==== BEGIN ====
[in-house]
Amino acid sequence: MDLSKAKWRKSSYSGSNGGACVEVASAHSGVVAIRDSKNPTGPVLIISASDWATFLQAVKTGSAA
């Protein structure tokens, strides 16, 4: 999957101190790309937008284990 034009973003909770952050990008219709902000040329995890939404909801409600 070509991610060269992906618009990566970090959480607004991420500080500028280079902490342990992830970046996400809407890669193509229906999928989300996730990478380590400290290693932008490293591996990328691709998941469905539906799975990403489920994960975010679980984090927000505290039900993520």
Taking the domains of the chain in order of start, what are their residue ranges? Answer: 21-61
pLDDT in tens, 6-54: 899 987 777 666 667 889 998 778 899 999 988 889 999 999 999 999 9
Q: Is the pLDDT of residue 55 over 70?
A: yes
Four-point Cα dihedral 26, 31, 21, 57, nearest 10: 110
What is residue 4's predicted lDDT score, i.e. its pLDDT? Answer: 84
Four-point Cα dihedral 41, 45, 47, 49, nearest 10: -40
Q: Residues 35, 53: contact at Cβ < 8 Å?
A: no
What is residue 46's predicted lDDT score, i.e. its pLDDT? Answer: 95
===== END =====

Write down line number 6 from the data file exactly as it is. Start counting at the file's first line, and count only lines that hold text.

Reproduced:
Q: Is the pLDDT of residue 55 over 70?